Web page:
If you've long dreamed of having a finished basement, one that you can use as a recreation room, entertainment area or as an additional bedroom, now might be the perfect time to start planning a renovation and remodel. If you're not sure where to start with your project, this checklist can help. It will guide you every step of the way, from figuring out how to pay for the project to putting the finishing touches on your completed basement.
Figure Out Financing
First, you'll want to figure out how much you can afford to spend on your project and how you'll cover the costs.
Set a Budget
There's a wide range when it comes to the cost of remodeling a basement. How much your project will cost depends on the size of your basement and how much you want to do. How much work you do yourself versus how much you hire someone else to do also influences the overall cost. Depending on the scope of the project, the average cost to finish a basement can range from $6,500 to $18,500. Remodeling the basement so it is liveable and usable can cost an additional $10,000 to $30,000. You can use your home's value as a guide when deciding how much to spend on your basement renovation. Usually, the cost to finish a basement shouldn't be more than 20% of the value of your home. How long you plan on staying in the home also affects how much you should spend. If you plan on moving in a few years, it makes more sense to limit the cost of your project, as you won't have much time to enjoy it and might not recoup the cost when you sell the house.
How to Pay for the Renovation
You have a few options for covering the costs of your basement project, depending on your current financial situation.
1. Pay in Cash
If you have savings set aside for major home improvement projects, it can make sense to pay for the basement renovation in cash. Using your savings is a good option if the cost of the project won't completely drain your account and if you do not want to take on additional debt.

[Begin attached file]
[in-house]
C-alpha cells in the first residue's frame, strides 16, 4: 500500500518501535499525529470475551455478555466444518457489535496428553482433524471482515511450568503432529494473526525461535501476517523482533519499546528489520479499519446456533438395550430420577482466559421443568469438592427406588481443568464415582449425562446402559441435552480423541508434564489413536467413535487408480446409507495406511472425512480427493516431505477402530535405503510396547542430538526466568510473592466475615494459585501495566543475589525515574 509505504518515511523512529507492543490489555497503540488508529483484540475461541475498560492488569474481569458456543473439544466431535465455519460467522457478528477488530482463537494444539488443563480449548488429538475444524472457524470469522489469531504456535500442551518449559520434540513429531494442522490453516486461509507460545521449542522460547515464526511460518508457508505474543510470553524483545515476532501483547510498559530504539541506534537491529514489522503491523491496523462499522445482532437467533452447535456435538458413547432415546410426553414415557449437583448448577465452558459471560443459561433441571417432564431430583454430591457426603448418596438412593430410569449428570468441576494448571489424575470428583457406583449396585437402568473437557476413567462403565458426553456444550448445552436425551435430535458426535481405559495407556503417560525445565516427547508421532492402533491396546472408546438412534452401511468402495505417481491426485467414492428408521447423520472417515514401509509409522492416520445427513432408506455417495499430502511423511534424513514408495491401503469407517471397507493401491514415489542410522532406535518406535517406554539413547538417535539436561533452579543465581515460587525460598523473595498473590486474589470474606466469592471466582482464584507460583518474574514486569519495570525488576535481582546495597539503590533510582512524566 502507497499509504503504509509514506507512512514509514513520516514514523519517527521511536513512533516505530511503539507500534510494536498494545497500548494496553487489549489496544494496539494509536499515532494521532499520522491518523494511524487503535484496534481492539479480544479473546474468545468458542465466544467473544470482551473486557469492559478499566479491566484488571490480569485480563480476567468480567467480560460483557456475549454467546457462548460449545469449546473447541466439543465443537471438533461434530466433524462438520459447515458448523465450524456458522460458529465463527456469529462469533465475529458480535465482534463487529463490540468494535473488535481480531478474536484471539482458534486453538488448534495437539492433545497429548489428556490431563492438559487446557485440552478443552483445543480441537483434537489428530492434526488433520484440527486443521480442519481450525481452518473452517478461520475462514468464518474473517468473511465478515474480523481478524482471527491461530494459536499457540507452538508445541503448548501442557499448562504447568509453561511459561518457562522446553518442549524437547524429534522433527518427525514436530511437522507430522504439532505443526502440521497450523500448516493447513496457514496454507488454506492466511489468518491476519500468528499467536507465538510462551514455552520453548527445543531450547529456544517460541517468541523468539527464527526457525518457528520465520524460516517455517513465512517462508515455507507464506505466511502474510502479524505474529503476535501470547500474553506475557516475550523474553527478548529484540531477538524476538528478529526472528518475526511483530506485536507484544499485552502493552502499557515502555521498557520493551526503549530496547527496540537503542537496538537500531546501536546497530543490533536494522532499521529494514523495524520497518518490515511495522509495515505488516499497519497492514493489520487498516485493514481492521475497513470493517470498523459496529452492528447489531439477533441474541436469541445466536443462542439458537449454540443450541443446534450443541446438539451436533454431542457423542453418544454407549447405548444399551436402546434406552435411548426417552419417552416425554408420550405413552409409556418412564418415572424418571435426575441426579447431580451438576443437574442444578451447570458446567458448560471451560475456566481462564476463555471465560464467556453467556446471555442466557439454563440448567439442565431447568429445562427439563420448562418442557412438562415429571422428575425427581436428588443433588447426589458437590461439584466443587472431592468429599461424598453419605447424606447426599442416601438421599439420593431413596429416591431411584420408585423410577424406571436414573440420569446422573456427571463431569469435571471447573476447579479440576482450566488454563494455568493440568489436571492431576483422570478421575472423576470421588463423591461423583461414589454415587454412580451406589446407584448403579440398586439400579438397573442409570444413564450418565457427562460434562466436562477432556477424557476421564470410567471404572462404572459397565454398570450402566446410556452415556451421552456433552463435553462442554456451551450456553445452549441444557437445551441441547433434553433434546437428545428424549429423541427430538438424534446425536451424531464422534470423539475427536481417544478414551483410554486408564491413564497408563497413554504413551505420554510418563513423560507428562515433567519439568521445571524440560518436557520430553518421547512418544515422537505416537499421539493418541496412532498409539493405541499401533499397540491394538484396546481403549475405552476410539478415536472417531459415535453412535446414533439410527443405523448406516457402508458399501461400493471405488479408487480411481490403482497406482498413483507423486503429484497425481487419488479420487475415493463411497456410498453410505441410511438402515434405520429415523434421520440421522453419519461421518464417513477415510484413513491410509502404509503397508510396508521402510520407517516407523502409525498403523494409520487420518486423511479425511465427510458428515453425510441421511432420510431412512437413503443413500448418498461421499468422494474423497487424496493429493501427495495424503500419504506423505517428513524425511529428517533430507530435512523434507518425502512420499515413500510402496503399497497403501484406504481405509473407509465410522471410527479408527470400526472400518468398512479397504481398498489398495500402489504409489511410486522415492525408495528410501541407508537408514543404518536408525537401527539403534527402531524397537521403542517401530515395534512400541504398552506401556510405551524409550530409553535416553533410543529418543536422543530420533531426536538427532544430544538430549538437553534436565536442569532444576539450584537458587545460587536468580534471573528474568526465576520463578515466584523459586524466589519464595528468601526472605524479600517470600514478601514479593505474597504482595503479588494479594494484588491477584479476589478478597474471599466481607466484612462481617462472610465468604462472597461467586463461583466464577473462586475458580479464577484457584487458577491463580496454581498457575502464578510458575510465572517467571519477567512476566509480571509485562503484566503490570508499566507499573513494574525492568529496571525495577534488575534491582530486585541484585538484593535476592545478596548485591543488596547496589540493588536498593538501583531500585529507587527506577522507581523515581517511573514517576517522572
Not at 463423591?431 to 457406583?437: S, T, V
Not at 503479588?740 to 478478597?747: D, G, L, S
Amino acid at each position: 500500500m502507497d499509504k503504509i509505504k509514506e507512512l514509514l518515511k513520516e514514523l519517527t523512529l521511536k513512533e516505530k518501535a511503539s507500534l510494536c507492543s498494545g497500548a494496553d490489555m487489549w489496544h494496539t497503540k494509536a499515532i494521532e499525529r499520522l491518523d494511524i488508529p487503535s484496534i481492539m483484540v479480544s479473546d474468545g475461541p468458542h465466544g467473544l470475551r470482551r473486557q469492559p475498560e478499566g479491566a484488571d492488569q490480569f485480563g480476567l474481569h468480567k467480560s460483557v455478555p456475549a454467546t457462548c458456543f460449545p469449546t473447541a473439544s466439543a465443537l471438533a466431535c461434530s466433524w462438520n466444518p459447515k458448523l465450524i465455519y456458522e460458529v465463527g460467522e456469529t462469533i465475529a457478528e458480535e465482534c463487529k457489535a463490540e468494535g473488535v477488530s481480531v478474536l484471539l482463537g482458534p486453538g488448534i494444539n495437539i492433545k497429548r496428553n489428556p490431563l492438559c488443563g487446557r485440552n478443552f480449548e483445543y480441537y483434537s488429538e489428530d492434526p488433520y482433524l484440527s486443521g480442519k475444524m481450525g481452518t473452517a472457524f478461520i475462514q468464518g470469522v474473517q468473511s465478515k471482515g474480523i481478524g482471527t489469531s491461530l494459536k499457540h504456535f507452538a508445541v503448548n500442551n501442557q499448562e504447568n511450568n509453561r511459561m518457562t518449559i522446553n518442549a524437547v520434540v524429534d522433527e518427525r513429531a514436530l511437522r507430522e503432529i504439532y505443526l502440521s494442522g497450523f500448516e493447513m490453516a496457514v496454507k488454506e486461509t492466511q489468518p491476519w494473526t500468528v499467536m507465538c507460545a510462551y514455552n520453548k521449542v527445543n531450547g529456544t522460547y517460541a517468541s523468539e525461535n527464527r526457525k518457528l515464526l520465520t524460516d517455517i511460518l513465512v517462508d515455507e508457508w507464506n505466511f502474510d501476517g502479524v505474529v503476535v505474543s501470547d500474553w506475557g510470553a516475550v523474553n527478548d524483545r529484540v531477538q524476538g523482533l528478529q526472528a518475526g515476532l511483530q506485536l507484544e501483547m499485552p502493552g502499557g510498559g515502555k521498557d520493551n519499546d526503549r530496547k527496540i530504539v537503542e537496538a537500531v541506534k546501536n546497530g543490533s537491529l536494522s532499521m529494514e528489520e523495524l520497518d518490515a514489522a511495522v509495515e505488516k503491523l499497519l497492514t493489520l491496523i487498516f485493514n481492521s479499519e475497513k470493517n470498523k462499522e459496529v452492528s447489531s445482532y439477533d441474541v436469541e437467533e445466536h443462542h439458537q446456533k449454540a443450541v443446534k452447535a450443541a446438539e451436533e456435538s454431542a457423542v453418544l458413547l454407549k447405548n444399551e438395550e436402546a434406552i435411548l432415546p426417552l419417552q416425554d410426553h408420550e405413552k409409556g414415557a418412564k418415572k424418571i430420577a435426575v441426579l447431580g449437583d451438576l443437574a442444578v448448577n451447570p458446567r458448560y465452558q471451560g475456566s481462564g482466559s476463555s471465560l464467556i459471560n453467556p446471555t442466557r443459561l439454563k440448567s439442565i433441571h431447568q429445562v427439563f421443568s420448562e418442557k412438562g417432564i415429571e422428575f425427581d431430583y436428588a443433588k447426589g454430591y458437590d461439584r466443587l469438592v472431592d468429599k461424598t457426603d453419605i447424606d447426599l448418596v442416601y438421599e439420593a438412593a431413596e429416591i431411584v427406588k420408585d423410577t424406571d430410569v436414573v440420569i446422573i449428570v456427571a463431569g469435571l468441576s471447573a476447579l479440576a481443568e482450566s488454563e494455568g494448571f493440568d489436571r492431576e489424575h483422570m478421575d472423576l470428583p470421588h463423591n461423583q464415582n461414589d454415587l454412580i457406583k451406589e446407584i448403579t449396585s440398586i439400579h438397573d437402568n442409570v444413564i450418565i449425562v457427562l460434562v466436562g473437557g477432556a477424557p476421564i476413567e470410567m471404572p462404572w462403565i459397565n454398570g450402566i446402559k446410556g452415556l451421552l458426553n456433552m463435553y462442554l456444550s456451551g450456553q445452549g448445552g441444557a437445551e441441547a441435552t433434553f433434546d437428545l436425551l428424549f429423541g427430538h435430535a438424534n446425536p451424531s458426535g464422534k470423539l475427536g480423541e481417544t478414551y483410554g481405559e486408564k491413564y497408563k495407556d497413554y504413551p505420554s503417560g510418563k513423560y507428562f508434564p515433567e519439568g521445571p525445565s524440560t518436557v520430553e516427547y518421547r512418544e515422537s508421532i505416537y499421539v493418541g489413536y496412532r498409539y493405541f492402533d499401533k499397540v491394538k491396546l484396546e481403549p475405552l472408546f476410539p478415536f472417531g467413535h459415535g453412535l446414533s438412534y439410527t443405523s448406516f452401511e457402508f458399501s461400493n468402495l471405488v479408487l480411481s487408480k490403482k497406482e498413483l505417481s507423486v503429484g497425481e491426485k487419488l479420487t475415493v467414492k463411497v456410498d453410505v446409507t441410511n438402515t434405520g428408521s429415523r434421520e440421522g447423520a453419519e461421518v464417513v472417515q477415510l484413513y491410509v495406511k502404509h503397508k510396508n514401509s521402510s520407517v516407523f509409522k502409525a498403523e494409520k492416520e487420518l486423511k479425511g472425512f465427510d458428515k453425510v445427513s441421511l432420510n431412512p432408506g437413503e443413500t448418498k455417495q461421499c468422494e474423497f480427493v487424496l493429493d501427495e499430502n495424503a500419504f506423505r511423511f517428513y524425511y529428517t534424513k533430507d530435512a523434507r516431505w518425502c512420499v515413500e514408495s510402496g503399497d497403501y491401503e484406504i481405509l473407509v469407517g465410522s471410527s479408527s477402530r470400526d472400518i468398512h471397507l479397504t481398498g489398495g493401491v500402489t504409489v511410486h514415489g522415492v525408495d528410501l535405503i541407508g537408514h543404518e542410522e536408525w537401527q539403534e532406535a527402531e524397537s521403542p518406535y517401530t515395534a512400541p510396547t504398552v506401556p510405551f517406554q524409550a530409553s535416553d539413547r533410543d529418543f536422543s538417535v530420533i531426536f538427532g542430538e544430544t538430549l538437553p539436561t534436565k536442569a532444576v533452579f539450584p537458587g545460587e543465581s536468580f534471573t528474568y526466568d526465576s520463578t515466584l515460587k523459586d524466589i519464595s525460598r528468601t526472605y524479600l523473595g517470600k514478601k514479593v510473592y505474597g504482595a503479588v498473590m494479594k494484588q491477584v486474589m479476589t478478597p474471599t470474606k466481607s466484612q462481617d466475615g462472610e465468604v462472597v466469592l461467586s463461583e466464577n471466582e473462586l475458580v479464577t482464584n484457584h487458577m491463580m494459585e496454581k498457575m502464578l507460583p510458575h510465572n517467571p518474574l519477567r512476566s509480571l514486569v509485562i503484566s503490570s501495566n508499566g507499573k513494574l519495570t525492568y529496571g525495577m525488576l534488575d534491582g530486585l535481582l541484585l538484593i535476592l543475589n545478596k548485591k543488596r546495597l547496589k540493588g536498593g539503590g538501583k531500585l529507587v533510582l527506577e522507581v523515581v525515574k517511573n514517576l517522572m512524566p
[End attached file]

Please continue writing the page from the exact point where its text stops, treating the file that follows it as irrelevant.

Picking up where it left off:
2. Use a Personal Loan
Another option is to apply for a personal loan and use the principal to cover the cost of your basement renovation. The terms of many personal loans often include fixed payments spread out over up to five years.
3. Tap Into Your Home's Equity
Depending on how long you have lived in your home and how much of the mortgage you have paid off, you might have built up a considerable amount of equity. Equity is the value of your home minus the amount remaining on the mortgage. If your home is worth $250,000 and you have a $100,000 mortgage left, you have $150,000 worth of equity. You might be able to borrow against that equity to pay for your basement project. You can take out a home equity loan, which is similar to a personal loan in that you get the amount in one lump sum and pay it back over several years. Another way to access your home's equity is to apply for a home equity line of credit (HELOC). A HELOC is a bit like a credit card for home renovation projects. You can borrow against your equity, pay back what you've borrowed and then borrow more if needed. While you might get a lower rate on a home equity loan or HELOC compared to a personal loan, your home is the collateral on the loan, meaning you could lose your home if you borrow too much.
Once you've figured out how much you spend and how you'll pay for your project, the next step is to take a closer look at the basement to see what's going on down there and what it might need.
1. Test for Moisture
Moisture can get into the basement in several ways. It can:
- Seep in from saturated soil around the home.
- Come from humid outside air.
- Come from humid air inside the home.
- Get in through air leaks.
To keep humidity and water from causing problems in a finished basement, it's important to test for moisture before you do anything. A home inspector can check your basement for signs of moisture issues, such as marks on the walls and peeling paint. They can make recommendations for sealing the basement or otherwise reducing the moisture level.
2. Check the Foundation
Your home inspector should also take a close look at the foundation. They'll let you know if they find any cracks or issues that are a cause for concern and can recommend steps to take fix the problem.
3. Schedule a Radon Test
Radon gas occurs naturally and is colorless and odorless. It often travels from the ground into homes through cracks in the foundation and can be found in high levels in homes across the U.S. Since radon can cause cancer, making sure there aren't high levels of it in your basement is important before you begin a renovation project. Home inspection companies often offer radon tests as an added service. You can also order a kit and perform the test on your own. If high radon levels are found — above 4 picocuries per liter — installing a radon mitigation system will help you keep your family safe.